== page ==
It’s essential to get everything right when it comes to COBRA coverage. Whether you administer your COBRA plan, or it’s managed by an outside party, offering COBRA the right way and to the right people will help you avoid some hefty lawsuits and fines. Employers (of all sizes) may have to handle COBRA lawsuits at some point (occasionally even class action lawsuits). In these circumstances, ex-employees sue because the company or organization provided a technically deficient COBRA notice. These deficiencies could include notices that don’t adequately explain how to elect COBRA coverage, notices that don’t explicitly and correctly share the end date for potential COBRA coverage, or other infractions. It’s worth noting that many of these large employers have decided it’s better to simply settle outside of court for millions rather than try to fight. In addition to the usual rules around COBRA, COVID has created a necessity for some new ones. Below are some imperative COBRA updates you should know.
COBRA updates: new model notices from the DOL
Among the latest HR updates, the DOL released new model COBRA notices in May of 2020. These versions expand upon COBRA and its interaction with Medicare and Medicare special enrollment periods. One of the best HR strategies to stay in compliance with COBRA updates is to make sure your own notices model the DOL’s versions. Though it isn’t required by law, it would be prudent to check out these revised COBRA notices from the DOL and to either copy them for your own use, or update your company’s notices with this additional information about Medicare and Medicare special enrollment periods.
COBRA updates for COVID: new extensions on coverage dates
Due to COVID-19, the IRS and DOL have required employers to delay COBRA deadlines from the period beginning March 1, 2020 and ending 60 days after the end of the national COVID emergency is declared. This deadline extension applies to:
- The date a group health plan, plan sponsor, or plan administrator must provide COBRA election notice to a qualified beneficiary.
- The 60-day deadline by which an eligible beneficiary must inform their plan administrator that they’ve experienced a COBRA qualifying event.
- The 60-day period during which an eligible beneficiary can request continued coverage.
Notably, this deadline extension also applies to the due dates for making COBRA premium payments. Payments cannot be considered late until 60 days after the pandemic is declared over. Thus, coverage can’t be canceled during this ‘outbreak period,’ due to late payments (per the CARES Act).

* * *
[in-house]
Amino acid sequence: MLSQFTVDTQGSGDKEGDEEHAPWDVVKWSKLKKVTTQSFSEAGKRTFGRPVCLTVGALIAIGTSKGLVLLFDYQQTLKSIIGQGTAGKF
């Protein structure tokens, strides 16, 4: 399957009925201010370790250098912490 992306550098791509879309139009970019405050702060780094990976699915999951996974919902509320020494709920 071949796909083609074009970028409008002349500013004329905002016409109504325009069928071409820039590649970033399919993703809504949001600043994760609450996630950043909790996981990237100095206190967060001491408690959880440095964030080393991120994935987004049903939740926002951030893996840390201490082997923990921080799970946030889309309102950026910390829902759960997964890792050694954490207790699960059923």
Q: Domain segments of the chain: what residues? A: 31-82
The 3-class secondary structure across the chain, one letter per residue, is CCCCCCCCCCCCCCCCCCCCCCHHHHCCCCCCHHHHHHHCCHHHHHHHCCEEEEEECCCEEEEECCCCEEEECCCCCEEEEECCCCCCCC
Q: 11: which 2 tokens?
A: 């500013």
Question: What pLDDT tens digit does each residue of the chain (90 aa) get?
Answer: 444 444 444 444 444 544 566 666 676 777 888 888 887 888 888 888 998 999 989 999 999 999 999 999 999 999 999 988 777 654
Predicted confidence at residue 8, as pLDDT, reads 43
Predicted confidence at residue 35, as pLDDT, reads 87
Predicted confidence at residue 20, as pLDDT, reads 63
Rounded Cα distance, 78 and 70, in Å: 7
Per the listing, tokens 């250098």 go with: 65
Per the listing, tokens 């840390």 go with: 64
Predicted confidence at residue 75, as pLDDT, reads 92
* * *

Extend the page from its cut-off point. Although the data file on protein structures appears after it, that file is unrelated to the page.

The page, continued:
When the national emergency is declared over, employers should add to their HR planning some strategies for notifying all relevant eligible beneficiaries that the windows for making COBRA premium payments or electing coverage will be closing.
COBRA updates: a more litigious environment than ever
If the HR updates above don’t incentivize you to make changes in your HR policies, you may change your mind when you learn about the surge of lawsuits against employers, including PepsiCo, Inc earlier this year, for (alleged) technical COBRA election notice deficiencies. (Interestingly, a large percentage of these lawsuits occurred in Florida and New York. However, it’s important to note that a COBRA lawsuit could occur no matter what part of the country your business operates in.) Take extra care right now to protect your company from becoming a part of these surge statistics. You can do a few things to help ensure compliance:
- Use a professional administrator who understands all relevant COBRA guidelines and requirements.
- Regularly look to the DOL for COBRA updates. Being ignorant of new regulations, like the COVID deadline extensions, won’t protect you. It’s your company’s responsibility to stay up to date.
- Try HR solutions like MP’s to facilitate your COBRA administration needs. Reputable HR solutions will provide you with all the latest tools, like updated notices and tools to track eligible beneficiaries.
- Don’t neglect the details. A good faith effort isn’t enough to protect you from legal action. Include administrators’ names, addresses, and other required details. This extra step now could save you a lot of time and money in legal fees later.
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